The bottom line is that a Senior SAA Captain with children at school or university cannot afford a new car, or to take an overseas holiday without using the pilots’ rebates – which will be removed in the new deal, despite being an important part of sustaining family life for all pilots around the world.

It must also be remembered that there is very little job security. You can easily lose your licence for medical reasons. And twice a year you have to pass recurrency training flight tests. Have a bad day and fail, and you get marked down for more training. Fail after that, and you’re out.
How does this compare to other pilots’ salaries around the world?
Over the years there has been a steady outflow of SAA pilots to the Gulf-3 carriers, Emirates in particular, for the simple reason that the pay is usually 50% greater – and is tax free.

In Europe, a KLM Captain with 26 years’ service will be taking home almost €21,500 each month, and his cost of living is probably cheaper. At just R14/Euro, that’s R300,000 which is more than double the SAA Captain’s take home pay. A Senior First Officer at KLM reports that he takes home €12,000 pm – and that includes his medical insurance.
In China, large and fast-growing privately-owned airlines such as Hainan are paying around 250% of SAA pay rates.

A SAA A320

Almost all SAA pilots are now unemployed. They have not been paid since May, and adding insult to injury, on Friday they were locked-out by the company. After twenty years’ service their typical retirement fund value is R7-million – which is good for R29,200 income per month before tax.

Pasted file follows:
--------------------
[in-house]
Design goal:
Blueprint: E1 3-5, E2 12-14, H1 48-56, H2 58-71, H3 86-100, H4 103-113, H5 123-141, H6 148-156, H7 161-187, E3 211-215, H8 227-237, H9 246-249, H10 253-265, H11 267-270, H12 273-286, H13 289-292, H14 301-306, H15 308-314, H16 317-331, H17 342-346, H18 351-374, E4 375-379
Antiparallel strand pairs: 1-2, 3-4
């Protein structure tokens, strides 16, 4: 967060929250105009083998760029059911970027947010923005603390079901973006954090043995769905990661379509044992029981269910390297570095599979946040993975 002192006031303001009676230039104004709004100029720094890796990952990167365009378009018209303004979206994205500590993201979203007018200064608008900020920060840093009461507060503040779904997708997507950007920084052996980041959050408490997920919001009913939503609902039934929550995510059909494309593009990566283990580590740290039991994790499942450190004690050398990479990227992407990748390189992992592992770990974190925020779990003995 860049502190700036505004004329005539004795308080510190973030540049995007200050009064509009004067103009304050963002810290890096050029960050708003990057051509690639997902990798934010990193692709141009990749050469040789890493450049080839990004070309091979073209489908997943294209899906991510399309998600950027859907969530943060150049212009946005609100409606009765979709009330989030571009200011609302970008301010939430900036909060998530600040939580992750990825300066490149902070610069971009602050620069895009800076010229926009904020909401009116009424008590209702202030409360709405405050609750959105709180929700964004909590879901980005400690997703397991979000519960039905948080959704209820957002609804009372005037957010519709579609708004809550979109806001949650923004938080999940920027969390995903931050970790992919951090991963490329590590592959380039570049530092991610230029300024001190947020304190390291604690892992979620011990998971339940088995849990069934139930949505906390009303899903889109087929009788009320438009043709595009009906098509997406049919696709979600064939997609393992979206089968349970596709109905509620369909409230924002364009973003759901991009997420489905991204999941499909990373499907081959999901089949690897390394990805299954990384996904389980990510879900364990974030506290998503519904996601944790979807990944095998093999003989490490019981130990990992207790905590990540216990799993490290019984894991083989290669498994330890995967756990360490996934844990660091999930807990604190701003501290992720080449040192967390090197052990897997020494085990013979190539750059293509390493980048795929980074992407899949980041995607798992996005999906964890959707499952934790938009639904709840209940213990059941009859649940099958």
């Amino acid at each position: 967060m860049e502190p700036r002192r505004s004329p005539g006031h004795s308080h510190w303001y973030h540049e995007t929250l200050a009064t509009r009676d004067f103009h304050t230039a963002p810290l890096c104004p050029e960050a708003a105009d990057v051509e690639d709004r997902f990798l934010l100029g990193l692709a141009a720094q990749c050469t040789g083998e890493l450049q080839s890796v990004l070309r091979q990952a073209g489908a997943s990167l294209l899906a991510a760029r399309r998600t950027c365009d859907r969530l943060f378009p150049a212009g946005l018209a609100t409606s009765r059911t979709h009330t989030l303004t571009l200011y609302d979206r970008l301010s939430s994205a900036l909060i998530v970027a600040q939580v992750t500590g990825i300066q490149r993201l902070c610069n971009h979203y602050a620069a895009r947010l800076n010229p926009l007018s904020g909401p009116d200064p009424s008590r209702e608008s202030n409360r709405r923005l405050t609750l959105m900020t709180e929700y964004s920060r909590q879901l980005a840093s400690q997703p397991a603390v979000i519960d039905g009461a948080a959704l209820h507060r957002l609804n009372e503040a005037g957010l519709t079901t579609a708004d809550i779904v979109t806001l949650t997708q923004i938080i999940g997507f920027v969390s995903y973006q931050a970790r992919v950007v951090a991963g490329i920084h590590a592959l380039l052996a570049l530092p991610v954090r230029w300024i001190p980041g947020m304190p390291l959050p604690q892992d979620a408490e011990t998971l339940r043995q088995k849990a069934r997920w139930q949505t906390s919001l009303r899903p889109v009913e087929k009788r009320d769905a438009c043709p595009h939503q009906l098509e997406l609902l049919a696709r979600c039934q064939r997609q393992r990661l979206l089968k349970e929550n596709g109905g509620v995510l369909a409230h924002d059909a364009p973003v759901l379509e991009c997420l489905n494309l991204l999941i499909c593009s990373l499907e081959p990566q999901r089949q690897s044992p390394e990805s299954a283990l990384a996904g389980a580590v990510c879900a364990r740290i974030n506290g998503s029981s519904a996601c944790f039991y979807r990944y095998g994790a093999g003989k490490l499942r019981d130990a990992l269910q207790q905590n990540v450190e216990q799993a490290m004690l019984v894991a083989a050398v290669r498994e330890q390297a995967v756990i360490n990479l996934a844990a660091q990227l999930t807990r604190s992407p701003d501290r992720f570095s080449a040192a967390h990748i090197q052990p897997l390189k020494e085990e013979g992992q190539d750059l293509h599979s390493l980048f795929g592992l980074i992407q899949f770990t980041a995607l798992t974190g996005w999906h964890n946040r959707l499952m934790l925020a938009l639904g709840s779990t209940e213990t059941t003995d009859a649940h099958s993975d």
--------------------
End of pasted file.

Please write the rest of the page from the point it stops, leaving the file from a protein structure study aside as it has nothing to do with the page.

Already 224 SAA pilots have taken the voluntary severance package – yet have not even been paid that, and so are having to cannibalise their retirement funding just to survive. There are currently just 383 pilots left at SAA (in 2010 there were 830), of which 88 are required for the airline to restart. SAAPA says that they have already made multiple concessions. But the big sticking point that has lead to the lockdown is a power play over what SAAPA claims is the unlawful – and unconstitutional – retrenchment of pilots based on race. Quite simply – the DPE wants almost all the 88 pilots who are carried through to the new SAA to be from the previously disadvantaged ‘designated group’. What choosing pilots on the basis of race and not experience will do for fare paying passengers’ perceptions of the airline’s safety can only be guessed.

The campaign in the media against SAA pilots is politically motivated. The DPE has stooped to mendacity to push its line that SAA pilots are overpaid and over-protected, in that it prevents the airline from hiring black pilots. SAAPA says it has made enormous concessions to help the airline emerge from the Covid-19 crisis – including proposing a well-researched business plan that preserves 135 pilot jobs for the same cost to the company as the current 88 jobs. This will make it far easier for the airline to restart operations when (if) if does.

But the DPE persists on scapegoating the pilot body for its own manifold failures and using the collapse of the airline to drive its agenda to force a racially transformed pilot body.